Livestock Producers Need Stocking Rate Reduction Plan

April 29, 2015 02:35 PM
Livestock Producers Need Stocking Rate Reduction Plan

Producers should be proactive in case drought is a problem this year.

Livestock producers should have a drought management plan in place prior to pasture turnout in case drought persists into the growing season this year, North Dakota State University Extension Service livestock and rangeland specialists say.

Producers need to have a good idea how to assess available forage, feed and water supplies to determine if they need to reduce their stocking rates or modify grazing plans before they turn their cattle out onto pasture this spring, according to beef cattle specialist Carl Dahlen. The stocking rate is the number of specific kinds of animals grazing a unit of land for a specified time.

Developing a plan early is important because 80 percent of the grass growth on rangeland is dictated by May and June precipitation. Drought conditions during that time will reduce the amount of grass available on pasture and rangeland for the duration of the grazing season, rangeland management specialist Kevin Sedivec says.

If producers don’t reduce the stocking rate to compensate for the loss of grass, overgrazing can result. Overgrazing affects the entire rangeland plant community, leading to a loss of plant species diversity and biomass, soil erosion, weed growth and a reduction in the soil’s ability to hold water, livestock environmental stewardship specialist Miranda Meehan explains. Drought conditions also can lead to increased risk of toxicity from selenium and nitrates in plants.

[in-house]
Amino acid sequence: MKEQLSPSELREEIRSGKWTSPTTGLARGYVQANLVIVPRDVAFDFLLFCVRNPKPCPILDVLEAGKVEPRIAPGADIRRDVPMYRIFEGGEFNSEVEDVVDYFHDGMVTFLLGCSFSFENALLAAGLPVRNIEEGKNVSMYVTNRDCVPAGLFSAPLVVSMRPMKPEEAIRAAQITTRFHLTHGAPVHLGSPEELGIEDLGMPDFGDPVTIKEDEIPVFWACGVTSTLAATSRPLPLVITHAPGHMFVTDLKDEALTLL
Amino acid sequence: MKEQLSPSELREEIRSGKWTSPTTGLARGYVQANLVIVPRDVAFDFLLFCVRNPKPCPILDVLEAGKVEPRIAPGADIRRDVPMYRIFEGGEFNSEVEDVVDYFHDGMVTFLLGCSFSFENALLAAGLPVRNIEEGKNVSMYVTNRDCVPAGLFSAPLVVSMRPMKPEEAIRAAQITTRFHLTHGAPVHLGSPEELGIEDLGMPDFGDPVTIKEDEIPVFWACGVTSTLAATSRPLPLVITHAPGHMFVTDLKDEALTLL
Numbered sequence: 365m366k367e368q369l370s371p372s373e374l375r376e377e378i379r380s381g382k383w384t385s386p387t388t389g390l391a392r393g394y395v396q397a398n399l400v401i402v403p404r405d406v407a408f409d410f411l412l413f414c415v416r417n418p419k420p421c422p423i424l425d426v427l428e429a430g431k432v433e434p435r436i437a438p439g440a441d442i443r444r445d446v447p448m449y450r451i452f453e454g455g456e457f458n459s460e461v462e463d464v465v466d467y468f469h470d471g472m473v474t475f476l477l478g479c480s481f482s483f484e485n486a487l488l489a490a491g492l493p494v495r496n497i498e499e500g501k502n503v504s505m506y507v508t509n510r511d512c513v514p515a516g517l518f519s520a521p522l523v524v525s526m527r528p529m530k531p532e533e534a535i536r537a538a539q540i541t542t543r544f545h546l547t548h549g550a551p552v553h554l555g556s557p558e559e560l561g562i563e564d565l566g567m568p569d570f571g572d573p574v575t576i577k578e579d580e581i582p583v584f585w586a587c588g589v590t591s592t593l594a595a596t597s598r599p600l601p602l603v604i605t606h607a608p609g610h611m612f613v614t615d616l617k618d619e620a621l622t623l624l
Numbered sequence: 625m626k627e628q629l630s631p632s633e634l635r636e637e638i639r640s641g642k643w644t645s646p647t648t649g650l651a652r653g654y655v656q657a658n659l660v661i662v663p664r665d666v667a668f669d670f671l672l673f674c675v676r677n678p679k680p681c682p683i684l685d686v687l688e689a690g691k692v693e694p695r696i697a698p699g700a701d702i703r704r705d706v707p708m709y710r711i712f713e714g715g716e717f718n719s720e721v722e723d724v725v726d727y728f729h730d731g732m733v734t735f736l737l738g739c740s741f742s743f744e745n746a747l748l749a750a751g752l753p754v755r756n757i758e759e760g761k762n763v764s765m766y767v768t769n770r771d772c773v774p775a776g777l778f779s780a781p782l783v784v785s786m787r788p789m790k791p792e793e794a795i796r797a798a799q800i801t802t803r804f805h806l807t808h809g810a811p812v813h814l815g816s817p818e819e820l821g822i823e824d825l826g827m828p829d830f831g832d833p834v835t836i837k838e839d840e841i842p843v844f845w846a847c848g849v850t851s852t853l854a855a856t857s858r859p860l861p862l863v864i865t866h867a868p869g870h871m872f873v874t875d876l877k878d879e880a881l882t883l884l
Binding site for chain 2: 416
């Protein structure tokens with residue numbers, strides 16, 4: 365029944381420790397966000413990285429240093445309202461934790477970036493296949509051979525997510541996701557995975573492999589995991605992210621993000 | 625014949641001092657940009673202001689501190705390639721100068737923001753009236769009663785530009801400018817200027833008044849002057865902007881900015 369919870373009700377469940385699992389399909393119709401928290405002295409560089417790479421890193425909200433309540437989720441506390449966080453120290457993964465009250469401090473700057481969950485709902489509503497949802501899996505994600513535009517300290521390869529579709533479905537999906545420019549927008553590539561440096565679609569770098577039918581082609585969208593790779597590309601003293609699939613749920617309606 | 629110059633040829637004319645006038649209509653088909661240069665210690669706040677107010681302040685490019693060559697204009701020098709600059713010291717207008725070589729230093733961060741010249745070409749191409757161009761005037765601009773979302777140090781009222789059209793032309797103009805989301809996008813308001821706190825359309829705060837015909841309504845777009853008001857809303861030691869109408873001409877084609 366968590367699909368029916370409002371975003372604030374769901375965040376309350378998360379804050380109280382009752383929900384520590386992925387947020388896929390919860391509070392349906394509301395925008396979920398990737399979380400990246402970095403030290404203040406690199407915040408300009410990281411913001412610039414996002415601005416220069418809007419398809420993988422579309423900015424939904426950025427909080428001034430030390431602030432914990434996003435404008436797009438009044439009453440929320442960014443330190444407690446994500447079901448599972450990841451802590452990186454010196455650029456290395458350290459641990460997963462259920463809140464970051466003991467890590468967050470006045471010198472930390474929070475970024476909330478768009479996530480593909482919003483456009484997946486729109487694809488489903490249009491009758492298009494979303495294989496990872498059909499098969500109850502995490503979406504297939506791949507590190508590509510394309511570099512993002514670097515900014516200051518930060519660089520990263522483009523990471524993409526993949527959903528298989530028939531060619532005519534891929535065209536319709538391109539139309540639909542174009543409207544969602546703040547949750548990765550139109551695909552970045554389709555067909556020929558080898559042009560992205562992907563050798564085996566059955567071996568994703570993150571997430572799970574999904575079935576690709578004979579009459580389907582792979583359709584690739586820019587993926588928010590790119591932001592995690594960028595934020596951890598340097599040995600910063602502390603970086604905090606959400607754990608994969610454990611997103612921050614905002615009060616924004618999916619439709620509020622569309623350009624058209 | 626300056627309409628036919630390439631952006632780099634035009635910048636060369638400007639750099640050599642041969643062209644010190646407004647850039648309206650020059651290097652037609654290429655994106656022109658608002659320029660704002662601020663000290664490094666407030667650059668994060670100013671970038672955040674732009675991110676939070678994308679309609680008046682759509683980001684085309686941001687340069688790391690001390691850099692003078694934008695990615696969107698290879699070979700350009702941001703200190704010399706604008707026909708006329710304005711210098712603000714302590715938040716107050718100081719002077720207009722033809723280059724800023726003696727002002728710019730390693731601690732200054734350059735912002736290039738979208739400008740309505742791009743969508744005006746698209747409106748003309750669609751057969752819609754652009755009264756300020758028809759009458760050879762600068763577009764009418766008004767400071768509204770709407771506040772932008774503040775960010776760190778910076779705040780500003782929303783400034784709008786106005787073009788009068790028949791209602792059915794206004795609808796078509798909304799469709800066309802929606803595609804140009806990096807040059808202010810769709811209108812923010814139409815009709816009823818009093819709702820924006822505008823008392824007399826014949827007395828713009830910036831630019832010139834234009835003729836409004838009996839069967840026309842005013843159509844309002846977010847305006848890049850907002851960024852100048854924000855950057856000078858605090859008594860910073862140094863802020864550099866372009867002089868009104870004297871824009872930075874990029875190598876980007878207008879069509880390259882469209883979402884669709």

“It takes a lot longer for the entire ecosystem (plants, soils, water, etc.) to recover if you don’t prepare and take active steps to change management in response to drought,” she says.

She advises producers to use the National Drought Mitigation Center’s U.S. Drought Monitor to keep track of the conditions.

“Selective culling is a quick way to reduce the stocking rate,” Sedivec says.

It also could be profitable because cattle prices are high.

“It’s a seller’s market right now,” he notes.

Culling targets include cows that are old, have a poor disposition or physical structure, or had a difficult time giving birth this spring and have a low chance of rebreeding.

“The importance of records is magnified in times when tough culling decisions need to be made,” Dahlen says. “Good calving and production records can help producers pinpoint cows that could be culled.”

Locating sources of and feeding alternative feeds is another way to reduce the risk of overgrazing.

In cases when surplus wet distillers grains, a byproduct of ethanol production, are available as a result of dryer shutdown or reduced railcar availability, producers may have the opportunity to purchase those grains in early to midsummer at a relatively low cost, Dahlen says. The drawback is that the distillers grains are a wet product, but producers can use storage methods to preserve the nutrient quality until the feed is needed.

Producers also should evaluate hay and stockpiled forage remaining from last year that could be used to delay pasture turnout this year or supplement pasture grass later in the grazing season, Meehan says.

Other options the specialists suggest producers consider if warranted include weaning calves early, providing cattle with creep feed or feed supplements, and feeding cattle in drylots. Weaning early eliminates the cows’ energy demand for milk production, which may result in reduced intake of pasture grasses and improvements in body condition once the calves are removed, Dahlen says.

Source: NDSU Extension

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